Dedicated to the definitive superhero non-team.

Saturday, October 22, 2022

Friendly Neighborhood Vampire

Spidey Super Stories #14 teamed up the web-slinger to a vampire who had made cameo appearances in previous issues of the series. Physically resembling Blacula from the 1972 horror film, this mid-mannered vampire was in fact the nephew of Dracula. The story delivered a subtle message against prejudice. J. Arthur Crank, president of the Better Neighborhood Club, wanted the vampire out of town. Spider-Man, however, was more interested in stopping wanted criminals.

Spider-Man: Unless your vampire does something wrong … I can't touch him.

While investigating strange occurences in the area, Spider-Man discovered that the evil inventor known as the Mad Thinker had been using using the vampire's attic as a secret hideout. Since the vampire slept until sunset, he was unaware of the Mad Thinker's activity.

Spidey Super Stories. Vol. 1. No. 14. Dec. 1975. "Haunting Season." Jean Thomas (writer), Winslow Mortimer (penciler), Mike Esposito/Tony Mortellaro (inkers), A.J. Hays (editor), John Romita (art director).

Friday, October 21, 2022

The Best of All Possible Worlds

Defenders: Beyond #4 explored a version of reality where Blue Marvel prevented the assassination of John F. Kennedy and Galactus was the "life-Bringer" rather than a devourer or worlds. The utopia wasn't all it was chalked up to be, however. Tigra, for example, was now the trusted leader of the Avengers, which amounted to Earth's mightiest heroes asking her to watch their belongings or run errands. Ultimately, the Defenders sought to escape this superficially idyllic realm and return to the world they knew.

Defenders: Beyond. Vol. 1. No. 1. December 2022. "The Land of Couldn't-Be-Shouldn't -Be." Al Ewing • Javier Rodríguez • VC's Joe Caramagna • Wil Moss • Michelle Marchese.

Friday, October 14, 2022


Thing consistently headlined Marvel Two-In-One. But after Black Goliath (later Giant-Man) became a supporting character, the series effectively became a Three-In-One when another superhero also appeared. Nowhere was this more clear than in Marvel Two-In-One #76, guest-starring Iceman. In the story, the three heroes defeated Ringmaster and his Circus of Crime, who had infiltrated an ordinary carnival.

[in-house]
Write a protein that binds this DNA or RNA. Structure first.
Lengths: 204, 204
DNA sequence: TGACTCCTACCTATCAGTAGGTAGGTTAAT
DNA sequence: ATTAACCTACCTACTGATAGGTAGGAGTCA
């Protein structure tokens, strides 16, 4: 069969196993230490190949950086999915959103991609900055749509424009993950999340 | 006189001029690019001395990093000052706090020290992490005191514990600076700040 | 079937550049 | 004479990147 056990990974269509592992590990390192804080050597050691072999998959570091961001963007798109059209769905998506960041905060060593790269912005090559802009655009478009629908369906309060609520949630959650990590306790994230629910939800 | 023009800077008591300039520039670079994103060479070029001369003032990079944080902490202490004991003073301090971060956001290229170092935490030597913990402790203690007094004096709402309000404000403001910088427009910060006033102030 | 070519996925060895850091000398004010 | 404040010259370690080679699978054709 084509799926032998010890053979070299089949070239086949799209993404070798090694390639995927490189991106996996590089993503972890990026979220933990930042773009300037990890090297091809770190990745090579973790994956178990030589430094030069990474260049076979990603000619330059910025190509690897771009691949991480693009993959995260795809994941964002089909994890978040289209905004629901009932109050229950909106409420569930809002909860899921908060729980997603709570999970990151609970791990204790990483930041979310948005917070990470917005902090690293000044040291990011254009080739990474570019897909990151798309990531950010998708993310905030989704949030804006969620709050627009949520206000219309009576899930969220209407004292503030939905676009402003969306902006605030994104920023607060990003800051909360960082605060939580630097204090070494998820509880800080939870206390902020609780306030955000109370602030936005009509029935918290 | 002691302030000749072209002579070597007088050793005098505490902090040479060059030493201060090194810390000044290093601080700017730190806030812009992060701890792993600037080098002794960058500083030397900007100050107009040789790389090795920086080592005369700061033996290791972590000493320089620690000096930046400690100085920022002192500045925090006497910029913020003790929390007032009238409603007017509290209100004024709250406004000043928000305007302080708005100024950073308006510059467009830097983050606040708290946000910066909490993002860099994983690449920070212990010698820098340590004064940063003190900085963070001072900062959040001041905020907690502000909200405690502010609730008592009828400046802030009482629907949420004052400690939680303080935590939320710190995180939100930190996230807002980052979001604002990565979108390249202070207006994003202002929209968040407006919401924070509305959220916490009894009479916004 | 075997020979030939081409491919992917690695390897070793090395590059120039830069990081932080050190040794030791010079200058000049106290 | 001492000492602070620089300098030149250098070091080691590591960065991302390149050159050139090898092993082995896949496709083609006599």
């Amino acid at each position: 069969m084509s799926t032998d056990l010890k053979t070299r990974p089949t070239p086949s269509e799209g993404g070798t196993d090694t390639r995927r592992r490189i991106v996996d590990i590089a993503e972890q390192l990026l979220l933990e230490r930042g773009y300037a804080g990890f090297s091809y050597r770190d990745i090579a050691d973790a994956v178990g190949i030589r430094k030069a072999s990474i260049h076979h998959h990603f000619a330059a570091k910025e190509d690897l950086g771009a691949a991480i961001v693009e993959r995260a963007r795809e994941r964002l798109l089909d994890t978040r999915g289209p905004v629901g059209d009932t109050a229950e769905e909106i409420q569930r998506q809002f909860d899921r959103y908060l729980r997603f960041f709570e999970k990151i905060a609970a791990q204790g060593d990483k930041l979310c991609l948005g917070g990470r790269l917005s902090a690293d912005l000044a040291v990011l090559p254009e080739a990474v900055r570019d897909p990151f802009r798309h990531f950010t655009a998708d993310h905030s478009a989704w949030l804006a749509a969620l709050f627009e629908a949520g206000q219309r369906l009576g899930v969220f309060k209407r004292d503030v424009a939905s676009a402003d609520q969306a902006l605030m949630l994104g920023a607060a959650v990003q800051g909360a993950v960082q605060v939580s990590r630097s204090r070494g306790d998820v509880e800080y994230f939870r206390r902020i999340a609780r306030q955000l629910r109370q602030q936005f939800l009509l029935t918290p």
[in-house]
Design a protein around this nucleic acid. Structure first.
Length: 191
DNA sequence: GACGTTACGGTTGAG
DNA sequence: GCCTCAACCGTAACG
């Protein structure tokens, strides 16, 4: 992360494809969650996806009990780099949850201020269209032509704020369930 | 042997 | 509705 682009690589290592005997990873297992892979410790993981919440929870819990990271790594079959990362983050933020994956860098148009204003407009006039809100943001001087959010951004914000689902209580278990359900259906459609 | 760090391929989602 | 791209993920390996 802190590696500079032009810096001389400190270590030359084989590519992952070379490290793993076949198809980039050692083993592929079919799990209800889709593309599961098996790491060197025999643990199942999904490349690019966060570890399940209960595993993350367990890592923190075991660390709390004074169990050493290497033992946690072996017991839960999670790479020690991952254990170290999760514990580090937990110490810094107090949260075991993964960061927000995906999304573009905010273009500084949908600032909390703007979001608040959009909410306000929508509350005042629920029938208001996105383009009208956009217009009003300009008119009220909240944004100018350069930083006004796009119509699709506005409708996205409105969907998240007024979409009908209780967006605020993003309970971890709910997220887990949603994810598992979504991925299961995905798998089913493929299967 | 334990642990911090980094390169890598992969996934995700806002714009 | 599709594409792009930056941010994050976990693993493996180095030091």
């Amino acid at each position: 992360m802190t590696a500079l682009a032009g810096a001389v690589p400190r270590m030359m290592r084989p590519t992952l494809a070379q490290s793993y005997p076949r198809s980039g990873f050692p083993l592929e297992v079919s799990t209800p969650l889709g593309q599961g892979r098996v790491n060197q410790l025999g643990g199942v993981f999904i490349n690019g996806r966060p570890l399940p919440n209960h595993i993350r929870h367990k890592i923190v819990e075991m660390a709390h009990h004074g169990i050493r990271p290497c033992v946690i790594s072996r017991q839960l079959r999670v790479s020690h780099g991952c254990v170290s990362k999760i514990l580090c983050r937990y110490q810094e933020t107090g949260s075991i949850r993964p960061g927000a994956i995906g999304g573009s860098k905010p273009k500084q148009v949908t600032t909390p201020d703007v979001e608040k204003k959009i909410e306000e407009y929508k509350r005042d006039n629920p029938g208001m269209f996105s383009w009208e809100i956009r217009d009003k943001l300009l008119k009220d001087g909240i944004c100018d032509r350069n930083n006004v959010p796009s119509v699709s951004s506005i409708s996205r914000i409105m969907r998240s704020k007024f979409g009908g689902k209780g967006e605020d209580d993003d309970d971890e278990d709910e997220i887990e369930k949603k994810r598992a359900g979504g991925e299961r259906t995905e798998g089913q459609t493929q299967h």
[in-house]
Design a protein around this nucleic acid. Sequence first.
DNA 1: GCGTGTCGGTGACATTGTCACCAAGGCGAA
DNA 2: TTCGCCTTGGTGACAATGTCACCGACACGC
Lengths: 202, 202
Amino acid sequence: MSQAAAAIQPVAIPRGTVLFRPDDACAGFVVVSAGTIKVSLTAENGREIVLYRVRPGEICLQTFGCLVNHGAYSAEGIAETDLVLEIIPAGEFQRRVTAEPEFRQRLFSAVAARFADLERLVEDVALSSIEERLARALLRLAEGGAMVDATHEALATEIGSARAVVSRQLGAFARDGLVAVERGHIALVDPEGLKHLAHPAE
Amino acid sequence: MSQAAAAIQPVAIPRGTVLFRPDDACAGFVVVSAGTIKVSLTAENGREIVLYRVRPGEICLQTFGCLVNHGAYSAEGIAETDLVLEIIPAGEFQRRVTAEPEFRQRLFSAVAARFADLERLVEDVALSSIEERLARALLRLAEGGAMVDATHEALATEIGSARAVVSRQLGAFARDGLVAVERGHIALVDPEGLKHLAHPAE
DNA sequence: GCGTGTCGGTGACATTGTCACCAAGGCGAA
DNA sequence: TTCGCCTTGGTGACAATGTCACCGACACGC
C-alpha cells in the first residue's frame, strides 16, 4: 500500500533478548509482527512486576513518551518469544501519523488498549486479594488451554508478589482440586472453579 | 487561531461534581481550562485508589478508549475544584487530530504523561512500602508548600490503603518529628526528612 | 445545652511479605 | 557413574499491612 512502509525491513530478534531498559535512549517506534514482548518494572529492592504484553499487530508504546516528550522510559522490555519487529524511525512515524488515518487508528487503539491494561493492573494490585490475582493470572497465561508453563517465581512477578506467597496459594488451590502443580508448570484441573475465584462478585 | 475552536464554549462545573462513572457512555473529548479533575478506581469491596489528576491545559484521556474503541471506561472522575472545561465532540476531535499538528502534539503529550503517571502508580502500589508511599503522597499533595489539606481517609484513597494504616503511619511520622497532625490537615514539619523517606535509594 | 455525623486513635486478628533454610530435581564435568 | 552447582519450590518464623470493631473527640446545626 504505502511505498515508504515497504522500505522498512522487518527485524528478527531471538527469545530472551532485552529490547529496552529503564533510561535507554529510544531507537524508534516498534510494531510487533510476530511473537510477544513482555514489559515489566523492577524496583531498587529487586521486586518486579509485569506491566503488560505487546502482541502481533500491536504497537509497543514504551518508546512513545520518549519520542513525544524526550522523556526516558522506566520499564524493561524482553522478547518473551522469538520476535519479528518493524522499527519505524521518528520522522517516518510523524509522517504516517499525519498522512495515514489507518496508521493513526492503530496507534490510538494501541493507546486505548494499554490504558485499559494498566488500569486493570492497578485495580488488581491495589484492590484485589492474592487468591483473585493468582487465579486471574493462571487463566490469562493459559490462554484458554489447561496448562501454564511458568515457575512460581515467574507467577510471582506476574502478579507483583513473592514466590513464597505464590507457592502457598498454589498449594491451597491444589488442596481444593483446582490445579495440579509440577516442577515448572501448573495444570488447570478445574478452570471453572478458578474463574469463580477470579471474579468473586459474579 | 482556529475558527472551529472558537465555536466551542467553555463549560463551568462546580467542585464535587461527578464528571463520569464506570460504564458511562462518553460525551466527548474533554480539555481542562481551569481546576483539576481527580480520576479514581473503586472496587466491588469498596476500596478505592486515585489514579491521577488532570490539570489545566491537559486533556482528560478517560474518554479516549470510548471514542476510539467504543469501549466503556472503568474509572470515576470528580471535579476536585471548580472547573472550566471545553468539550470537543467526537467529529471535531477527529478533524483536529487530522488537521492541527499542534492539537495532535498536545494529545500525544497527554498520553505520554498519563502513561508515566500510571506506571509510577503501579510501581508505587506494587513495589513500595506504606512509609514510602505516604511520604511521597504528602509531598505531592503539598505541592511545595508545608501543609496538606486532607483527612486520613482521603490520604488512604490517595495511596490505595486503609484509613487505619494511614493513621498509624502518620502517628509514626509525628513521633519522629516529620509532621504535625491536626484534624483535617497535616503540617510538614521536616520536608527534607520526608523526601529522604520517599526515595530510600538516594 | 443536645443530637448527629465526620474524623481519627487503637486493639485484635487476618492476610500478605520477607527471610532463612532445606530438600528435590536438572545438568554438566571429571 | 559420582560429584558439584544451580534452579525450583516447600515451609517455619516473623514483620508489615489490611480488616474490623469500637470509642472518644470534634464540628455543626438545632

Giant-Man's diagnosis of cancer was a subplot not only in this issue and throughout much of the series. A massive blood transfusion from Spider-Woman would eventually save his life, but Spider-Woman would lose her superhuman Immunity Factor as a result (#85).

Marvel Two-In-One. Vol. 1. No. 76. June 1981. "The Big Top Bandits." Tom DeFalco (plot), David Michelinie (script), Jerry Bingham (pencils), Chic Stone (inks), Michael Higgins (letters), George Roussos (colors), Jim Salicrup (editor), Jim Shooter (editor-in-chief).
Marvel Two-In-One. Vol. 1. No. 85. March 1982. "The Final Fate of Giant-Man!" Tom DeFalco (writer), Ron Wilson (penciler), Chic Stone (inker), Joe Rosen (letterer), George Roussos (colorist), Jim Salicrup (editor), Jim Shooter (editor-in-chief).

Saturday, October 8, 2022

Reconstructing the Construction Worker

A citation at the end of Defenders: Beyond #3 (Nov. 2022) noted that the construction worker within that story previously appeared in Classic X-Men #43 (Jan. 1990). In comparing both issues, I prefer the rendition of the character in the Defenders over his portrayal in the X-Men. Among other physical differences, this latest depiction gives the character a construction helmet and reflective lenses—with a mustache replacing his classic stubble. Additionally, the construction worker's entire dimension now appears in black-and-white instead of full color.

It is indeterminate if the surreal character still whistles while he works, as he had in the X-Men vignette.